GOP officials said on Thursday they would sue the Biden administration over its new vaccine mandate.
It came after Biden announced rules that push vaccines for federal and private employees.
Two legal experts have said that these requirements are likely to survive legal challenges.
Within hours of President Joe Biden announcing sweeping new vaccine mandates in the US, the Republican National Committee threatened to sue, calling them "unconstitutional."
But legal scholars were quick to say that that their legal arguments were unlikely to prevail.
Biden's new policies, announced on Thursday, include rules to require vaccination against COVID-19 for all federal employees. They also require many private employers to demand vaccination or provide regular tests.
Vaccines greatly reduce the risk of severe disease and death, even in the face of the Delta variant.
Biden did not give a start date for the policy, instead instructing officials to produce a more detailed plan within one week.
In response, Republicans said they would sue. "Many small businesses and workers do not have the money or legal resources to fight Biden's unconstitutional actions and authoritarian decrees," RNC Chair Ronna McDaniel said in a statement on Thursday.
"When his decree goes into effect, the RNC will sue the administration to protect Americans and their liberties."
Legal experts were not optimistic about the suits.
"My anticipation would be with the initial challenges, we're not going to see a suspension of this rule," Brian Dean Abramson, a leading expert on vaccine law, told Insider's Erin Snodgrass.
Abramson outlined three potential challenges:
Whether the agency implementing the mandate - The Department of Occupational Safety and Health Administration (OSHA) - has that power.
Whether the mandate could be found to be discriminatory.
Whether it denied due process to people who were already immune.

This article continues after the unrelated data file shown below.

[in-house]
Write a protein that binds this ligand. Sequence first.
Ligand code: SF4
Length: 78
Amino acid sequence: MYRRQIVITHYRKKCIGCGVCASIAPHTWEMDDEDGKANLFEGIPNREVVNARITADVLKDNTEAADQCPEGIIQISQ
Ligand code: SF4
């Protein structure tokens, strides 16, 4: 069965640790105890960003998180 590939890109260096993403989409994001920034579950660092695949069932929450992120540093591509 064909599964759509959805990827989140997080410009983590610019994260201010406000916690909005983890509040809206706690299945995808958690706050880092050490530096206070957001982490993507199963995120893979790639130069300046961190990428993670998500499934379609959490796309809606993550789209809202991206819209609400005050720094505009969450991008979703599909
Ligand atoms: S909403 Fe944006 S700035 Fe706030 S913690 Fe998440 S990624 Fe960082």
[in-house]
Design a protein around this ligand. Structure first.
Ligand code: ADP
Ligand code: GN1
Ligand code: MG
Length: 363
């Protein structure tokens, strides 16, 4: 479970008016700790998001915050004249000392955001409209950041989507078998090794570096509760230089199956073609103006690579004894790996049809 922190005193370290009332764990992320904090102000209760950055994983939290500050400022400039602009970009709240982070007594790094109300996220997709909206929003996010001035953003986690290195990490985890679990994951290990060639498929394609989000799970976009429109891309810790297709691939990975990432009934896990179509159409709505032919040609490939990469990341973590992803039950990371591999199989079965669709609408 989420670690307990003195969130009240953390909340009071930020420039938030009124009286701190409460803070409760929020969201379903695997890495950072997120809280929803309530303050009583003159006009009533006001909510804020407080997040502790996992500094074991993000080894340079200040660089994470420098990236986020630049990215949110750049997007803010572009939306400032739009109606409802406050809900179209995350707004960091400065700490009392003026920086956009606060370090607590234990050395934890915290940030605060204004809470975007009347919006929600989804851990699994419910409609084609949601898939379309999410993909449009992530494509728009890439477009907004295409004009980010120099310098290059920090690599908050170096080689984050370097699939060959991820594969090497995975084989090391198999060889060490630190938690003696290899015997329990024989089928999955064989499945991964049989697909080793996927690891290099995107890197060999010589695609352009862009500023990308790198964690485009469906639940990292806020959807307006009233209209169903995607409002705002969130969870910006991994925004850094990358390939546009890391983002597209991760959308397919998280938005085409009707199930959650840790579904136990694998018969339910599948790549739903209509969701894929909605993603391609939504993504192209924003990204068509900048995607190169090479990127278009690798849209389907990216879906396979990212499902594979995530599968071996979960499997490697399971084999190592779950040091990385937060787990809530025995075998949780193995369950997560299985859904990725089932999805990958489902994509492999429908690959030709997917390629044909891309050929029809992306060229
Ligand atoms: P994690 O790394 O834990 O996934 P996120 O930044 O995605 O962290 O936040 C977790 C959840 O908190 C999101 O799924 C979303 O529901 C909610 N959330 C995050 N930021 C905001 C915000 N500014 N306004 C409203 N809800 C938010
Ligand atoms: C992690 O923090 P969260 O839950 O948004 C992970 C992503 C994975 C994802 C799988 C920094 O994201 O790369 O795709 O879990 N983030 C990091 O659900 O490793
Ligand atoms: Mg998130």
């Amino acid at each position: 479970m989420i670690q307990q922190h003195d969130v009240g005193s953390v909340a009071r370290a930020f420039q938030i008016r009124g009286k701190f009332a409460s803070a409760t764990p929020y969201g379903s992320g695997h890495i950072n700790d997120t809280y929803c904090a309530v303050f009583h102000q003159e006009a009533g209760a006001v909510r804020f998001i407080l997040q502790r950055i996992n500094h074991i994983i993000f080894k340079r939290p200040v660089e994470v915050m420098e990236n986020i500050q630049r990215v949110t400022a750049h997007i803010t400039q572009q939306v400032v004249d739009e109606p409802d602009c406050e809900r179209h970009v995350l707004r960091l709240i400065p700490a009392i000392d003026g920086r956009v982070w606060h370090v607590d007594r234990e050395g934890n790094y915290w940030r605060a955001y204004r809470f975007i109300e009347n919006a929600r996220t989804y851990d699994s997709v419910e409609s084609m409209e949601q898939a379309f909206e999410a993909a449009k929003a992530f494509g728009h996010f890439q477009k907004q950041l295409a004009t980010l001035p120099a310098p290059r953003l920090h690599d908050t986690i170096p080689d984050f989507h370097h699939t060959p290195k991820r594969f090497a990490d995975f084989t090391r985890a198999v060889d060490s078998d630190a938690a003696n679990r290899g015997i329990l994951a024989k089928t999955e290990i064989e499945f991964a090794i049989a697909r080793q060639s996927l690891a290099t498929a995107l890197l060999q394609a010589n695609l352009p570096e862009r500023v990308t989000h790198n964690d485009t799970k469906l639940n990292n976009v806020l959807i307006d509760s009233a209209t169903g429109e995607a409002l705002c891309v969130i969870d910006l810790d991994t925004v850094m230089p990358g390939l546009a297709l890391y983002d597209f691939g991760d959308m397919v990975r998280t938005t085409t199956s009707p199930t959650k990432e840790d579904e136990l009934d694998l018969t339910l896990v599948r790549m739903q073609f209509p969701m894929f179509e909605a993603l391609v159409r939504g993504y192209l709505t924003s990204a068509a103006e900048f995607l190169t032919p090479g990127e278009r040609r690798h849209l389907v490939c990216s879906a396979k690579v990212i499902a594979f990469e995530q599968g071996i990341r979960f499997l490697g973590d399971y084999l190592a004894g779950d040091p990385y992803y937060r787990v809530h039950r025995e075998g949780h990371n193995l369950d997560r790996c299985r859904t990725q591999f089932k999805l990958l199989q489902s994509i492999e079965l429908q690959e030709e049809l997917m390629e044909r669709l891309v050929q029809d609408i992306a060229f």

He said the likely best hope of the challenges would be to nuance the implementation of the policy rather than stop it.
"There is no constitutional problem with requiring people be vaccinated," said Erwin Chemerinsky, the Dean of Berkeley Law School, in an interview with the specialist site Law&Crime.
An article by Barron's on the legality of the policy cited Dorit Reiss, a law professor with expertise in vaccines.
She said that the policy might be temporarily blocked by the Supreme Court on grounds of overreach, but would likely prevail in the end.
Under Biden's new plan, employers with more than 100 employees would be required to mandate vaccination or weekly COVID-19 testing.
Federal employees, federal contractors, and health staff working in medicare or medicaid-funded establishments would also be required to be vaccinated. They would no longer be allowed to opt out by choosing regular testing as an alternative.
OSHA is currently drafting the rule that would enable employers to require vaccination or testing.
As for federal employees and health care staff, the White House asked agencies to mandate vaccination but has not specified a timeline.
Guidance is due from the White House Safer Federal Workforce Task Force within the week, according to Biden's executive order published Thursday alongside the policy announcement.
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